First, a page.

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Chávez's inauguration in Venezuela postponed. Is that legal? (+video)

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Article 233 defines the “absolute absence” of the president as:

His or her death; resignation; removal from office by a Supreme Court judgement; permanent physical or mental disability certified by a medical board appointed by the Supreme Court and approved by the National Assembly; abandoning office, as declared by the National Assembly; and revocation by popular vote.

It goes on to say:

When there is an absolute absence of the president-elect before taking office, there shall be a new election by universal, direct and secret vote within the next 30 consecutive days. Pending the election and inauguration of the new president, the president of the National Assembly will assume responsibility for the presidency of the Republic.

If the absence of the president of the Republic occurs during the first four years of the constitutional period, there shall be a new election by universal, direct and secret vote within 30 consecutive days. Pending the election and inauguration of the new president, the executive vice-president will be responsible for the presidency of the Republic.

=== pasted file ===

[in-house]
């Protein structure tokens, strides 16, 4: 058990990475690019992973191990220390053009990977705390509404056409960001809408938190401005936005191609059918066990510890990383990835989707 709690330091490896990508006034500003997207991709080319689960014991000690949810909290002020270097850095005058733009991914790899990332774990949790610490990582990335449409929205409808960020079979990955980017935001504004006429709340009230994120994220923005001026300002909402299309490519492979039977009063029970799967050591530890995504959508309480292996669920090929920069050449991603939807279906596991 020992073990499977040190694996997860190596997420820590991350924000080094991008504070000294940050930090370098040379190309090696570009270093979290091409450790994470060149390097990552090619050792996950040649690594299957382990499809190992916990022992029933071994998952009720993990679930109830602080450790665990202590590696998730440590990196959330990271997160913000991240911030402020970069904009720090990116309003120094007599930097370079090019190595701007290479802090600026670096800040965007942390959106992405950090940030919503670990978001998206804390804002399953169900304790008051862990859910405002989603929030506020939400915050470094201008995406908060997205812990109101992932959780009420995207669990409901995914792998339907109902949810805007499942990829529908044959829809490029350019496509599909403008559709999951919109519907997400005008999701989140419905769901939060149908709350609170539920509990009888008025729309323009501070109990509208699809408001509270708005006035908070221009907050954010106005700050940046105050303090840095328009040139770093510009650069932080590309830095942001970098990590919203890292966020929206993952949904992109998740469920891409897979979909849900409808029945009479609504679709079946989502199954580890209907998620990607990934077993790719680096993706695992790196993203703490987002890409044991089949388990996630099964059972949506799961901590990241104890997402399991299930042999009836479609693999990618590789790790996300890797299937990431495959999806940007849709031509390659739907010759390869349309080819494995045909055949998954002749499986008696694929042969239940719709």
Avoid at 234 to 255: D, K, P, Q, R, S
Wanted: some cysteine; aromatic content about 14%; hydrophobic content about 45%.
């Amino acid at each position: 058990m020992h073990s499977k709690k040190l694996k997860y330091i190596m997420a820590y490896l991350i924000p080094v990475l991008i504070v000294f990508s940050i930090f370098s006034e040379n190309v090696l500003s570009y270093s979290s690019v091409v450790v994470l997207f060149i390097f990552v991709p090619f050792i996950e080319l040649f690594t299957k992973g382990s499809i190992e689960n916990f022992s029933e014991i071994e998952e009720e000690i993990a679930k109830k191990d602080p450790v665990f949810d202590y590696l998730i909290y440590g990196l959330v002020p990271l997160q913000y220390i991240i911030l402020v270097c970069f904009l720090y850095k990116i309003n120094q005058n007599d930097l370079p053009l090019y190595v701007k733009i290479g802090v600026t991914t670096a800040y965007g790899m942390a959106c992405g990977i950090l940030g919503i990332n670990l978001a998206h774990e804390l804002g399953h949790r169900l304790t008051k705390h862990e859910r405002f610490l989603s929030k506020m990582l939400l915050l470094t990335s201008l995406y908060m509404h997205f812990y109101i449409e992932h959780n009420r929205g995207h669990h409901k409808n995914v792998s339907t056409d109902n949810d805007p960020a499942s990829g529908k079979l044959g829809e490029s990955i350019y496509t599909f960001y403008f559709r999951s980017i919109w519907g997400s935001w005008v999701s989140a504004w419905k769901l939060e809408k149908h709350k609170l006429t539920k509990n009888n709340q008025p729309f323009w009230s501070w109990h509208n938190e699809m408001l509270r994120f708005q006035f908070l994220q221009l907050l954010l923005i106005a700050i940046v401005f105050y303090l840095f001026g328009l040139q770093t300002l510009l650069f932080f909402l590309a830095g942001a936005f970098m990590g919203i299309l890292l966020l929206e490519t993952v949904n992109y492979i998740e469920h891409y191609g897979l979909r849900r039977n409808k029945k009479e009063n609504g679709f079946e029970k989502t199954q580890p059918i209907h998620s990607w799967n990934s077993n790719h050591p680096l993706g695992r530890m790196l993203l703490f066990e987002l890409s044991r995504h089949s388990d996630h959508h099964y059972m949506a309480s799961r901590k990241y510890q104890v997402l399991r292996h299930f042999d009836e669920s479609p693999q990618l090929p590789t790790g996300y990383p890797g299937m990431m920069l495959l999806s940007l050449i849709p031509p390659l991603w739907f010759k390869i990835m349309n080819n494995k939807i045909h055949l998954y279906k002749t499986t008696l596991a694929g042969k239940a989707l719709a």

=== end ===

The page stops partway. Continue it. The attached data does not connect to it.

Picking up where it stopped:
Finally, Article 234 says: “When the president is temporarily unable to serve, [he/she] shall be replaced by the executive vice-president for a period of up to 90 days, which may be extended by resolution of the National Assembly for an additional 90 days.”

So why all of the divided views?

While the Constitution describes what should happen if the inauguration is missed, and what to do if a president is “permanently absent,” it does not define what to do in the case of a temporary absence in a moment of transition. As a microcosm of the polarization that has marked the Andean nation under Chávez's leadership, the views of what should happen vary widely. Allies of Chávez argue that the opposition is using his delicate health to take the presidency away from him, undermining the clear wishes of a citizenry who reelected Chávez in Oct. 7 elections.

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